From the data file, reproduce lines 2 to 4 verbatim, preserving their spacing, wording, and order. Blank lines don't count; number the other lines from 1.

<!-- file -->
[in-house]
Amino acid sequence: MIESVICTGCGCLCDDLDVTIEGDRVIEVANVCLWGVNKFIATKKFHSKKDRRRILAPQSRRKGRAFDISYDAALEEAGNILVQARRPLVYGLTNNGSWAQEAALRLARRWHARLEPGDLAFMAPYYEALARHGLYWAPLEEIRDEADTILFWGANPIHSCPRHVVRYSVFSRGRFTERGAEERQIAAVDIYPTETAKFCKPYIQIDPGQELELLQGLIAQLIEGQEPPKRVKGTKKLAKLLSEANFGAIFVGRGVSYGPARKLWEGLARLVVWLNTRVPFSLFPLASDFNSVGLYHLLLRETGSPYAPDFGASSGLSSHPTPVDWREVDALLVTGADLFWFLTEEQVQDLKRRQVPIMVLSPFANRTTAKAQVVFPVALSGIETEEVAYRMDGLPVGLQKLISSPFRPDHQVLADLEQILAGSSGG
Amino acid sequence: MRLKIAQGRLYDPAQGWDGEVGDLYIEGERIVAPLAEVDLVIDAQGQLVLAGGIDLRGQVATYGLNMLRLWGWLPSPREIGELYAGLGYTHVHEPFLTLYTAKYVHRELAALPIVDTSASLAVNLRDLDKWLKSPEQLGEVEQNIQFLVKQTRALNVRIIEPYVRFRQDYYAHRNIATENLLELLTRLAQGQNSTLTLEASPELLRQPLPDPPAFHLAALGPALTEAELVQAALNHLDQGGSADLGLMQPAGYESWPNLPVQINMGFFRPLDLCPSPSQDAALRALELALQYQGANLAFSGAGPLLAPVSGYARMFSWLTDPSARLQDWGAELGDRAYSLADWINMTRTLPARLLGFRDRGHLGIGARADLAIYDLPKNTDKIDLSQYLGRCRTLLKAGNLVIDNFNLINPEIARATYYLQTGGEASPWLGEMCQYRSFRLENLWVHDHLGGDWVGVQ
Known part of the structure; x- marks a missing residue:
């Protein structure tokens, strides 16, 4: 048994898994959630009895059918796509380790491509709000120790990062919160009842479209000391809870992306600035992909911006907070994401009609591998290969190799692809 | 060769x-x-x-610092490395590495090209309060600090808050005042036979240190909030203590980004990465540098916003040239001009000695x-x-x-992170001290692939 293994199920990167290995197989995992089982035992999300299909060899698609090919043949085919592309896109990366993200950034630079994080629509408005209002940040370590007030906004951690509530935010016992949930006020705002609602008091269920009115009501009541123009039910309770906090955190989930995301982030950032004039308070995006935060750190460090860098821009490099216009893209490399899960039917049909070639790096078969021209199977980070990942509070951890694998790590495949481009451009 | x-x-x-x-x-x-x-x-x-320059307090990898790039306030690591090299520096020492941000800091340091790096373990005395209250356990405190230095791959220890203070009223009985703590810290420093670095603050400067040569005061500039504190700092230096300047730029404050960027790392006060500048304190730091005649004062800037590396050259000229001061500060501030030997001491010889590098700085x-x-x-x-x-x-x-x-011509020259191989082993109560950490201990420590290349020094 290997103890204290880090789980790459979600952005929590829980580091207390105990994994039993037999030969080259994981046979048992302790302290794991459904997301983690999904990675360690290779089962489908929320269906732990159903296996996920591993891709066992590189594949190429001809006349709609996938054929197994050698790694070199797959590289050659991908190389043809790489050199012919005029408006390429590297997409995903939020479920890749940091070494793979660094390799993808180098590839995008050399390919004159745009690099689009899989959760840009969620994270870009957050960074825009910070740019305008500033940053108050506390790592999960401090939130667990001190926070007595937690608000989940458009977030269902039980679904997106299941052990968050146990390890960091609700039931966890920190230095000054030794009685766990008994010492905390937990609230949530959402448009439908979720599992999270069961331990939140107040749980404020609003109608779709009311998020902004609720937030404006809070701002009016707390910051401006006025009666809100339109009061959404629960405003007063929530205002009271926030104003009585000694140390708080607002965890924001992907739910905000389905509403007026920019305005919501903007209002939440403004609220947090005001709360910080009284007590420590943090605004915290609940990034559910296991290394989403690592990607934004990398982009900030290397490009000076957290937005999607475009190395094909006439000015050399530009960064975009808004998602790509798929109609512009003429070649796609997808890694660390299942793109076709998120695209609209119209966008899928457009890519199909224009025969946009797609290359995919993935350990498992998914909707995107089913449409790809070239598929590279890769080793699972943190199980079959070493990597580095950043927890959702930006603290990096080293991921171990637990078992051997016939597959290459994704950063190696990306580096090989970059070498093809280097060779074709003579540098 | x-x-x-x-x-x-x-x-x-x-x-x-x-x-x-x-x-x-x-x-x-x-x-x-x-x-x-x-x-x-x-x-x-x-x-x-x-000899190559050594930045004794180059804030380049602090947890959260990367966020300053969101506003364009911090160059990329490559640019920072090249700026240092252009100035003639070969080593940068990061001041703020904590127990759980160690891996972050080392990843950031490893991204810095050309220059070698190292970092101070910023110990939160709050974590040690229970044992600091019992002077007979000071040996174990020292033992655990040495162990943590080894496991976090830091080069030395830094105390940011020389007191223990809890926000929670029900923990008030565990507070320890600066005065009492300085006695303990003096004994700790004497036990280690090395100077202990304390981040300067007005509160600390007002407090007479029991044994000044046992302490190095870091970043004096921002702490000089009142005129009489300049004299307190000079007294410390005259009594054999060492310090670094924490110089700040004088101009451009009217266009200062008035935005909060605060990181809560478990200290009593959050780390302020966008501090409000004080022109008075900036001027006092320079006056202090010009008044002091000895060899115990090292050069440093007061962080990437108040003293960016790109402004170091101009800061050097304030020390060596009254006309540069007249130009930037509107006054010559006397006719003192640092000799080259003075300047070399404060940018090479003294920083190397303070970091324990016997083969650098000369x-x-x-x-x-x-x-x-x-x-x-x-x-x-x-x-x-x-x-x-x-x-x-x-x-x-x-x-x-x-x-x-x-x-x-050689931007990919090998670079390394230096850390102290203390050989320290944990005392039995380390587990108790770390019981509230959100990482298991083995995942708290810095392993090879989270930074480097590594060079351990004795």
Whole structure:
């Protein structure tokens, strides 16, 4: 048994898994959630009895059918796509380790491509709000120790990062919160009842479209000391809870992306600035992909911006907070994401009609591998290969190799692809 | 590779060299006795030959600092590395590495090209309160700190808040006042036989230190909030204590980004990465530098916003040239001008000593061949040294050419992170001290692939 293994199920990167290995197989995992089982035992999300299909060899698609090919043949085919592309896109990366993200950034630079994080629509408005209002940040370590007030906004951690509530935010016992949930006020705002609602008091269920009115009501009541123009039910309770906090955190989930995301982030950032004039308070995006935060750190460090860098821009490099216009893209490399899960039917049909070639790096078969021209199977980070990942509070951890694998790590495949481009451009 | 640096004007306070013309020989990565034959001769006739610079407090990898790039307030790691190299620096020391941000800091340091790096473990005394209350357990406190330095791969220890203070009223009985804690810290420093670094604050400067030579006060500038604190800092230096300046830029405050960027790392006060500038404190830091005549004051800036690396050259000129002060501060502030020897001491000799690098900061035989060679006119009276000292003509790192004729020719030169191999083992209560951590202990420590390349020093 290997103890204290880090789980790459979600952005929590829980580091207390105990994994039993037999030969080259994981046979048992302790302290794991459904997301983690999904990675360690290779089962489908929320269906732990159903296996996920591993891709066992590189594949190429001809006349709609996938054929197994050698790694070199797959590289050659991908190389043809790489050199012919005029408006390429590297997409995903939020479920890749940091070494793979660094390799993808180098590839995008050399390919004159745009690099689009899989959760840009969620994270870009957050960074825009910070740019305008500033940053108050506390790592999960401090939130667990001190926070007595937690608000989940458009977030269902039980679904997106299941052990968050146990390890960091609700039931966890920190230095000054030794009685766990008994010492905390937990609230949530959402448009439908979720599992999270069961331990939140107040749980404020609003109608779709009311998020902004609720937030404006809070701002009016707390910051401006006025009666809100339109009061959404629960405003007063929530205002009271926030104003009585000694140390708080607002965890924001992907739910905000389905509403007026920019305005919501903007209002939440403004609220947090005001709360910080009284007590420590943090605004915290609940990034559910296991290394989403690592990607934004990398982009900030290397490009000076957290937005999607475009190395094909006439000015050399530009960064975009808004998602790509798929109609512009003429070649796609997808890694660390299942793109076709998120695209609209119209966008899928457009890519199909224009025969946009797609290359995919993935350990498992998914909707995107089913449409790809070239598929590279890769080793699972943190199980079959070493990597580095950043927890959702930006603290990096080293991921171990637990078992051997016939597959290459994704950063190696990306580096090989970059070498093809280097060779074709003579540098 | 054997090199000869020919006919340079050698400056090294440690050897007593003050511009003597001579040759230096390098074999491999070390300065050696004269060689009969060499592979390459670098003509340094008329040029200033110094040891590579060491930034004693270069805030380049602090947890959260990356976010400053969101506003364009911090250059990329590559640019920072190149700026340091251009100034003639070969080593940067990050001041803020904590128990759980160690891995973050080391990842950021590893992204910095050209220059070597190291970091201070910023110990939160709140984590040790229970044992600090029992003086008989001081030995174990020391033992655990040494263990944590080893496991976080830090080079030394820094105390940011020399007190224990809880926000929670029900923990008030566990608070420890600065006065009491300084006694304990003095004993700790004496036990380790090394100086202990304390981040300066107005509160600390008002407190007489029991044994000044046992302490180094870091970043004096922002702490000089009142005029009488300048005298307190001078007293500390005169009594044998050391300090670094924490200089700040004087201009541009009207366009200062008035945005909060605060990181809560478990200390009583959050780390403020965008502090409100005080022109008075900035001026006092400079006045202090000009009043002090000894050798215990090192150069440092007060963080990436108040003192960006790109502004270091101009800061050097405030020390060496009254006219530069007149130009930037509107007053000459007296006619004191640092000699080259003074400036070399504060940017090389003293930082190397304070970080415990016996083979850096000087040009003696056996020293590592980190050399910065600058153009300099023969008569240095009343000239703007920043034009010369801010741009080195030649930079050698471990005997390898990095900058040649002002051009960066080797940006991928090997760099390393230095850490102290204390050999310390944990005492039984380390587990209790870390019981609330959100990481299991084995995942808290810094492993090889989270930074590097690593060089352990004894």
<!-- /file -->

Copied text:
Amino acid sequence: MIESVICTGCGCLCDDLDVTIEGDRVIEVANVCLWGVNKFIATKKFHSKKDRRRILAPQSRRKGRAFDISYDAALEEAGNILVQARRPLVYGLTNNGSWAQEAALRLARRWHARLEPGDLAFMAPYYEALARHGLYWAPLEEIRDEADTILFWGANPIHSCPRHVVRYSVFSRGRFTERGAEERQIAAVDIYPTETAKFCKPYIQIDPGQELELLQGLIAQLIEGQEPPKRVKGTKKLAKLLSEANFGAIFVGRGVSYGPARKLWEGLARLVVWLNTRVPFSLFPLASDFNSVGLYHLLLRETGSPYAPDFGASSGLSSHPTPVDWREVDALLVTGADLFWFLTEEQVQDLKRRQVPIMVLSPFANRTTAKAQVVFPVALSGIETEEVAYRMDGLPVGLQKLISSPFRPDHQVLADLEQILAGSSGG
Amino acid sequence: MRLKIAQGRLYDPAQGWDGEVGDLYIEGERIVAPLAEVDLVIDAQGQLVLAGGIDLRGQVATYGLNMLRLWGWLPSPREIGELYAGLGYTHVHEPFLTLYTAKYVHRELAALPIVDTSASLAVNLRDLDKWLKSPEQLGEVEQNIQFLVKQTRALNVRIIEPYVRFRQDYYAHRNIATENLLELLTRLAQGQNSTLTLEASPELLRQPLPDPPAFHLAALGPALTEAELVQAALNHLDQGGSADLGLMQPAGYESWPNLPVQINMGFFRPLDLCPSPSQDAALRALELALQYQGANLAFSGAGPLLAPVSGYARMFSWLTDPSARLQDWGAELGDRAYSLADWINMTRTLPARLLGFRDRGHLGIGARADLAIYDLPKNTDKIDLSQYLGRCRTLLKAGNLVIDNFNLINPEIARATYYLQTGGEASPWLGEMCQYRSFRLENLWVHDHLGGDWVGVQ
Known part of the structure; x- marks a missing residue: